The American Pediatric Association (APA) Task Force on Childhood Poverty has recently concluded that childhood poverty has far reaching effects on children’s health, the manifestation of which include: increased infant mortality, higher rates of low birth weight and subsequent health and developmental problems, increased frequency and severity of chronic diseases, poorer nutrition and poorer access to quality health care, lower immunization rates, and increased rates of obesity and its associated complications.
Much has been written in the literature on the consequence of poverty to a child health and overall well being.We often hear that hungry children do not study well, a fact that still rings true today perhaps more so than ever, as one in five children in the United States suffer from hunger and almost one in two are poor or near poor. The long term economic consequences of this decreased capacity to learn which will invariably lead to unproductive adult lives, and trap our children in inter-generational poverty is a reason for great concern. Children growing up in poverty have poorer educational outcomes, higher dropout rates and overall poor academic achievement. Higher education level is often associated with increased earnings as employers use education level as signals for greater productivity. Firms have observed that the qualities which lead to success in school are related to the qualities which make the individual more productive on the job
According to a Unicef report issued — “Child Well-Being in Rich Countries” — the United States once again ranked among the worst wealthy countries for children, coming in 26th place of 29 countries included. Only Lithuania, Latvia and Romania which happen to be among the poorest countries assessed in the study, had worse rankings. Furthermore, The United States ranked 25th out of 29 in the percentage of people 15 to 19 years old who were enrolled in schools and colleges and 23rd in the percentage of people in that cohort not participating in either education, employment or training.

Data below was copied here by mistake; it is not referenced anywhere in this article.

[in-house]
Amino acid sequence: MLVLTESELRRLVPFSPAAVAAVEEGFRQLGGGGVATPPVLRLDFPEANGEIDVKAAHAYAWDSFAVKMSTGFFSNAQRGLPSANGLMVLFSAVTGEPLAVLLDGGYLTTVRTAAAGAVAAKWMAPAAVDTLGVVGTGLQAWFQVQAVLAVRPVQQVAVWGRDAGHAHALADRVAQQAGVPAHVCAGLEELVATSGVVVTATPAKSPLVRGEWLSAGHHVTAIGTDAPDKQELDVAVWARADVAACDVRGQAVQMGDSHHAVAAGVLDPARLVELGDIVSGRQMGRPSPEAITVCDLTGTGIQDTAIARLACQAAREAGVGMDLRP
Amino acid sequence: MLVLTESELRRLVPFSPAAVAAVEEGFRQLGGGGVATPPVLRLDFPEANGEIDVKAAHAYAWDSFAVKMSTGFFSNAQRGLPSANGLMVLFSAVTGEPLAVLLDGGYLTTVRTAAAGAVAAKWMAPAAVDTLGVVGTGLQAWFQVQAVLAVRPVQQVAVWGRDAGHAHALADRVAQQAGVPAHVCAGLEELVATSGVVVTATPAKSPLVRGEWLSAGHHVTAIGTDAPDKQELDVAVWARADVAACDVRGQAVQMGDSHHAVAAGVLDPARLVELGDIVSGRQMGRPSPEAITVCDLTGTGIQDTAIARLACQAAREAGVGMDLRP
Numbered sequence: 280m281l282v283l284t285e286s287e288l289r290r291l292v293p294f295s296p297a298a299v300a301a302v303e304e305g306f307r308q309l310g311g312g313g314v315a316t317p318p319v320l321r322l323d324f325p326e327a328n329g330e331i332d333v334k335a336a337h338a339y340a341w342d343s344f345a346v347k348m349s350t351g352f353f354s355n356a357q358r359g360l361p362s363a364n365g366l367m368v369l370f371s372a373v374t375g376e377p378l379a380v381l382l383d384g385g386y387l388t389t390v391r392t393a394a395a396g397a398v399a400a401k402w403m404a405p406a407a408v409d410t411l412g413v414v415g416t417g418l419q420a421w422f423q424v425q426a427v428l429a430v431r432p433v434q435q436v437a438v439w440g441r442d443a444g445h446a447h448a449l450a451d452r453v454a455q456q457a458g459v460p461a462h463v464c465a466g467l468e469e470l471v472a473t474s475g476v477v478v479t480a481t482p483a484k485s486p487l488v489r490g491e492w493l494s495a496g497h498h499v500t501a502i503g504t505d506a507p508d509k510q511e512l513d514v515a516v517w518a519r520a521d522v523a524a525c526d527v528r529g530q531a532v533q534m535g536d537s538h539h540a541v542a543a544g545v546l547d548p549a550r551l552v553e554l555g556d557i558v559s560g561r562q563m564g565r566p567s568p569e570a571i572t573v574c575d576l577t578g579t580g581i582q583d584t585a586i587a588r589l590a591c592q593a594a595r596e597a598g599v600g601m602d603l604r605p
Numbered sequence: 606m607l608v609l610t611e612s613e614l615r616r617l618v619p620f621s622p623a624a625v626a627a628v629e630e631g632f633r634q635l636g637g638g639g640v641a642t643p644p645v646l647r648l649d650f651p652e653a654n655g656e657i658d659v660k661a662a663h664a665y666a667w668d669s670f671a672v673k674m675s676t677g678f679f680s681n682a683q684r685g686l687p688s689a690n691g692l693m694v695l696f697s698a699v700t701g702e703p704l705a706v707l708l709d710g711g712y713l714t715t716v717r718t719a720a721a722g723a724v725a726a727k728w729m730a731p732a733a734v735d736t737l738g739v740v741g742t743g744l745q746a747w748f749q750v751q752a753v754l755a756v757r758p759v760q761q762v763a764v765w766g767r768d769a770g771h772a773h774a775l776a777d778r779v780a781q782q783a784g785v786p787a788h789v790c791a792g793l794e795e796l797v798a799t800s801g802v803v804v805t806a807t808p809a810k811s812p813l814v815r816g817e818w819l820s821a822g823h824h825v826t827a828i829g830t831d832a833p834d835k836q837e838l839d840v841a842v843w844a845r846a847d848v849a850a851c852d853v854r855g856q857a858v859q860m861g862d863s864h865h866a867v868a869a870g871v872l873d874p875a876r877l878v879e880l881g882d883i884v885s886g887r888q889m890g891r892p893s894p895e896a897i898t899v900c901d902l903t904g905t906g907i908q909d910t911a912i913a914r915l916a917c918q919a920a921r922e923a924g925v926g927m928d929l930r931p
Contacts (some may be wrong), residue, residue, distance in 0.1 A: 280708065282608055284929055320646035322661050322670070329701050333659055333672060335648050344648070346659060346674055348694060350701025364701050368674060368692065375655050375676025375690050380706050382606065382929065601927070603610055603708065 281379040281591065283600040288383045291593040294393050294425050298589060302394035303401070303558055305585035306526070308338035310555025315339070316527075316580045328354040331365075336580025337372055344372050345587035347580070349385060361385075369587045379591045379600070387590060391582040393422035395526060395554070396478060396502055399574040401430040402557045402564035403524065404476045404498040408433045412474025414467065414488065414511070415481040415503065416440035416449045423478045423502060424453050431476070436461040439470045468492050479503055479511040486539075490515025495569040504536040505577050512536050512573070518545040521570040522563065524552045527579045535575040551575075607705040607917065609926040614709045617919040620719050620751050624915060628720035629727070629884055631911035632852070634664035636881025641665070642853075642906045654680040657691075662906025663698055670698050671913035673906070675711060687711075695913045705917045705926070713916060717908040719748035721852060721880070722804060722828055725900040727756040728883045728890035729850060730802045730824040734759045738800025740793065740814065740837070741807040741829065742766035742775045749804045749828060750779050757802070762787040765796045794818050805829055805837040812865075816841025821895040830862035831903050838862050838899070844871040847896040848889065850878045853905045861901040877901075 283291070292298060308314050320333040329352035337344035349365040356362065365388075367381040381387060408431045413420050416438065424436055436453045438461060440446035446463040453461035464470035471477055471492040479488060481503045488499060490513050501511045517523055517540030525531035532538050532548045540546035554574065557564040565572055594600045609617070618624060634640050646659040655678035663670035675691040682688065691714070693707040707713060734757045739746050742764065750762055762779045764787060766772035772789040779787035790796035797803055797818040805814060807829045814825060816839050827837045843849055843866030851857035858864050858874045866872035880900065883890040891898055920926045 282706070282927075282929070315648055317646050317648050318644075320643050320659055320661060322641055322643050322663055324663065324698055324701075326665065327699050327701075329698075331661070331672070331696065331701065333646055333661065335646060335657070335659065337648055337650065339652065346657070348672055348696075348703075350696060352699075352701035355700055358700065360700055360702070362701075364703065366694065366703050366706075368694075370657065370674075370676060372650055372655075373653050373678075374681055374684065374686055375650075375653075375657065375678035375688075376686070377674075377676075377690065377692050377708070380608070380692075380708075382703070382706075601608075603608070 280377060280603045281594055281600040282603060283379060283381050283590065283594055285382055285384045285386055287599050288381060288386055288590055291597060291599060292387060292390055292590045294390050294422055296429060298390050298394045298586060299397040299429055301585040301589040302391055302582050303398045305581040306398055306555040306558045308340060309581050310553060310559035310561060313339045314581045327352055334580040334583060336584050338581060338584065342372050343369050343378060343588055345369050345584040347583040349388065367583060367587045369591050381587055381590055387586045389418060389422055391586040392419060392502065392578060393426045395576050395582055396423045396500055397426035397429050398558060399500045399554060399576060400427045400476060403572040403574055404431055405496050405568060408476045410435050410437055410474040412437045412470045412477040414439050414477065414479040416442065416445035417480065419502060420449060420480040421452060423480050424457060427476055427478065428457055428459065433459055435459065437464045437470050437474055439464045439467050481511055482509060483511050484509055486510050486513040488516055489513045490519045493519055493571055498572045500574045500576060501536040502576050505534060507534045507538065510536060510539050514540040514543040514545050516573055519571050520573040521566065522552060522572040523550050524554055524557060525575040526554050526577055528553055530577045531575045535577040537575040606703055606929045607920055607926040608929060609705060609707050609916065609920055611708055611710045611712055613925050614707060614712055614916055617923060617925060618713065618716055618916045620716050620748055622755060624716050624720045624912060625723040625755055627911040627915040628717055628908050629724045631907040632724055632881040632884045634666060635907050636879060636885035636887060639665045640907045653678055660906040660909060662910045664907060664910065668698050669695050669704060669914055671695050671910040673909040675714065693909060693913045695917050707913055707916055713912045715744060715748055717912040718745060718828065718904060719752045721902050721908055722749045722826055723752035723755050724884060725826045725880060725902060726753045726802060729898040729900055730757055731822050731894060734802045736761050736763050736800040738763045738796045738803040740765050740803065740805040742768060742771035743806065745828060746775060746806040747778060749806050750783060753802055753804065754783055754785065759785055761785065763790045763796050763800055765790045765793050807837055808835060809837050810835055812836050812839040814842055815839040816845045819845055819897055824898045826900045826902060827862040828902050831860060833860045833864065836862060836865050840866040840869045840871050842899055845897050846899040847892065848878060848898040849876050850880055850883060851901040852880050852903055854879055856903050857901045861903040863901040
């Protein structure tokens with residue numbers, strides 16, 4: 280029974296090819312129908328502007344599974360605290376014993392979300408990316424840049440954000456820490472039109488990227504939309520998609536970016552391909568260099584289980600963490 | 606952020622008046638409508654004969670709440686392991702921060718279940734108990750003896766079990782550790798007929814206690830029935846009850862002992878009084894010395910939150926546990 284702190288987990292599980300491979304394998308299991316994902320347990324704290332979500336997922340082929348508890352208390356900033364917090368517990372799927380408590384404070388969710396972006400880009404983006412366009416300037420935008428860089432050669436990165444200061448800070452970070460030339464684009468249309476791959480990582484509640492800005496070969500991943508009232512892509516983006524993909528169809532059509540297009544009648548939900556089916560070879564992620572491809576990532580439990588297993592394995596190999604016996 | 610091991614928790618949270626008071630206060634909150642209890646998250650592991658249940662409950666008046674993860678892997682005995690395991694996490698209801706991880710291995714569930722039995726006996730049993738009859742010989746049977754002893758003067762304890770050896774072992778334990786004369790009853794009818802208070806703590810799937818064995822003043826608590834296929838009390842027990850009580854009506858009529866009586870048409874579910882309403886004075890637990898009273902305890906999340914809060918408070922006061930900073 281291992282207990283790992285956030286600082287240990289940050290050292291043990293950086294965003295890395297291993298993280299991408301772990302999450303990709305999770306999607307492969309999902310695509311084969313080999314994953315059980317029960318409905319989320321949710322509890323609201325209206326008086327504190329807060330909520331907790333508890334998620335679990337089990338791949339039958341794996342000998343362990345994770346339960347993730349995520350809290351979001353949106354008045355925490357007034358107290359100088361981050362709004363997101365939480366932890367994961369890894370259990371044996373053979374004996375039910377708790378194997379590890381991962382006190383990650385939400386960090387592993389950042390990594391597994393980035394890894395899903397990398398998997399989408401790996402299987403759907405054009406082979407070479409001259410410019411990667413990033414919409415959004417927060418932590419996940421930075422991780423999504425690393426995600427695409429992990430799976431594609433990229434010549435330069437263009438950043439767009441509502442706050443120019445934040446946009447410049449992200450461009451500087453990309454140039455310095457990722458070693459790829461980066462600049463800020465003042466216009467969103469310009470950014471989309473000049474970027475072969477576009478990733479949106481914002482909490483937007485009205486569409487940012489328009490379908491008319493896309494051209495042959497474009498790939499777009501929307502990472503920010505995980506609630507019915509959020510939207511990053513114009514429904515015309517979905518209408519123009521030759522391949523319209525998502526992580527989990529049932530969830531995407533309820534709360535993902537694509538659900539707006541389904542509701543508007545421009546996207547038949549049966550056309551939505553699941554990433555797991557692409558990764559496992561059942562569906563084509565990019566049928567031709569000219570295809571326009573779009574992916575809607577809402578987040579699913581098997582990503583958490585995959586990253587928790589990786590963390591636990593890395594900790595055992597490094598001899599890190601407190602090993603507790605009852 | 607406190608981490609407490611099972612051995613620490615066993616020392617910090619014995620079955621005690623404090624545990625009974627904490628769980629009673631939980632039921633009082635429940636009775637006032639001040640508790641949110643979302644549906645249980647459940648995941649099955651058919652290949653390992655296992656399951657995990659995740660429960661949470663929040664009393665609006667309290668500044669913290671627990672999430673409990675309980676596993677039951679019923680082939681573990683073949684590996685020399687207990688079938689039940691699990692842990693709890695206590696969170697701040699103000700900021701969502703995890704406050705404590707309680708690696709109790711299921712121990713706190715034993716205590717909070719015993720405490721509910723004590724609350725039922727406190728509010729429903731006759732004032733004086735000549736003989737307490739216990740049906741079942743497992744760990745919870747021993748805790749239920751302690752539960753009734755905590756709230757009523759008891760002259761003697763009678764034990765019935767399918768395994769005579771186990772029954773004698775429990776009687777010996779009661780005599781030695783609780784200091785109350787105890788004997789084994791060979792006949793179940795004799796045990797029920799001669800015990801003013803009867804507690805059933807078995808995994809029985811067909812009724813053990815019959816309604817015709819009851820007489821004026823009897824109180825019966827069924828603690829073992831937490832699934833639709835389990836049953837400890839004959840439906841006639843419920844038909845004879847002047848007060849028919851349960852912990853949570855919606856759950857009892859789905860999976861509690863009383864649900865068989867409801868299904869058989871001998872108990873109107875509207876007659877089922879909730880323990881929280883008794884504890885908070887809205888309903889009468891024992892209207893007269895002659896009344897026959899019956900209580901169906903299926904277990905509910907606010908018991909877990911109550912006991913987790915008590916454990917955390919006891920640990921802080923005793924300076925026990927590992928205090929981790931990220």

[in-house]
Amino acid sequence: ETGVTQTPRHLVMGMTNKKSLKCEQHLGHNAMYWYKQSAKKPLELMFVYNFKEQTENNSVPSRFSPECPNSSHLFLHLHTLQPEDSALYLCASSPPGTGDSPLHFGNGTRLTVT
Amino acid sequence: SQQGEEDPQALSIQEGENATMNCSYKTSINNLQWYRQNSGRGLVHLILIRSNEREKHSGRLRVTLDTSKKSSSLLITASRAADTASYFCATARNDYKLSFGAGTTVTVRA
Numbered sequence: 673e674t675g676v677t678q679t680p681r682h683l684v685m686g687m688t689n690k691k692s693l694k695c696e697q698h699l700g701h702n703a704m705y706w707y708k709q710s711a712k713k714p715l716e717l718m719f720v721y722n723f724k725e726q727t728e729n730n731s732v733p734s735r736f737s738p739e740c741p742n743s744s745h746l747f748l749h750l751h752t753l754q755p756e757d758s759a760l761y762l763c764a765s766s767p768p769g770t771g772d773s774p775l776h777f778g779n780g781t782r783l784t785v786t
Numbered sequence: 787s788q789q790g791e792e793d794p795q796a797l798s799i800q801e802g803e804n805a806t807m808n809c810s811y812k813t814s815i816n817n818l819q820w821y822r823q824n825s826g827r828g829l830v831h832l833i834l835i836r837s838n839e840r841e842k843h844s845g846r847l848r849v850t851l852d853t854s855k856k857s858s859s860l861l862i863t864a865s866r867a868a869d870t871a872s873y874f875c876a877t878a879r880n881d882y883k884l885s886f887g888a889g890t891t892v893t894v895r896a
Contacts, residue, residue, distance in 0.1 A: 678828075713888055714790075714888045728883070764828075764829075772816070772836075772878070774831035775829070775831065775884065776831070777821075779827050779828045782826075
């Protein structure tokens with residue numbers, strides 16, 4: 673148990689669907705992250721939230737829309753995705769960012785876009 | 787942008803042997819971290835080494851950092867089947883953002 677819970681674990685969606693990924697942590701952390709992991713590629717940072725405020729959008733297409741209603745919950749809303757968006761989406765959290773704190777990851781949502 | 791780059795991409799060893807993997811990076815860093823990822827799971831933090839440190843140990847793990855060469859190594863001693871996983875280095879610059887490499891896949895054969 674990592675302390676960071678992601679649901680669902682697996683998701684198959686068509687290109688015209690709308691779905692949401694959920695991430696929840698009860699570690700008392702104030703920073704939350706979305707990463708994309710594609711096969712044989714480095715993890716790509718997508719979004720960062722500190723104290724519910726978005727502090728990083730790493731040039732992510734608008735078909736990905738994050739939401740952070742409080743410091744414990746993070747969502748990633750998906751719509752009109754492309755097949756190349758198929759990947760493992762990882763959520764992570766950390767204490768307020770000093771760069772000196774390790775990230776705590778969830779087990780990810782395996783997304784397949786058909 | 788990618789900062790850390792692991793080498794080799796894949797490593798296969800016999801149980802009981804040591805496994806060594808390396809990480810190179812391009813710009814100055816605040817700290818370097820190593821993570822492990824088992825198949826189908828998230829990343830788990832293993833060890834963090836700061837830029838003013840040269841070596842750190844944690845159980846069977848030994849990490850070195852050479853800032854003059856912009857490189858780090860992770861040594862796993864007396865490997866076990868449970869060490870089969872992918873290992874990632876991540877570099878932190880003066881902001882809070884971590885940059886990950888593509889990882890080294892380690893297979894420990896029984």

The report also states that the United States has the second highest share of children living under the relative poverty line, defined as 50 percent of each country’s median income, and the second largest child poverty gap. As a side note, the US does not use relative poverty line as a poverty measure but rather uses absolute level of poverty, which has not been adjusted for any changes in standard of living, medical payments, etc in over four decades, but was only adjusted for price level increases. It makes our statistics looks much better than it is in reality.
The question to be asked then is, given what we know about the consequence of ill health and lack of education, why are we not “throwing money at the problem” in an attempt to fix this terrible trajectory that almost half of our children are facing? The answer in one word is inequality. Widening income disparity between rich and poor, not only brings about stress and feeling of deprivation especially in early years, and may ultimately reduce potential for future success in education and economic life, but also has the arguable negative effect of the ability of the political process to deliver public goods such as health and education. Inequality in the US has reached 0.477 in 2011, and our political landscape has never been so polarized – both make it almost impossible to formulate public policy that will improve our health and education systems. So “throwing money at the problem” (leave the deficit issue alone though I can dispute that argument as well), will not help. Redistribution of wealth, however, might, but that is a curse word. At least for now, anyway.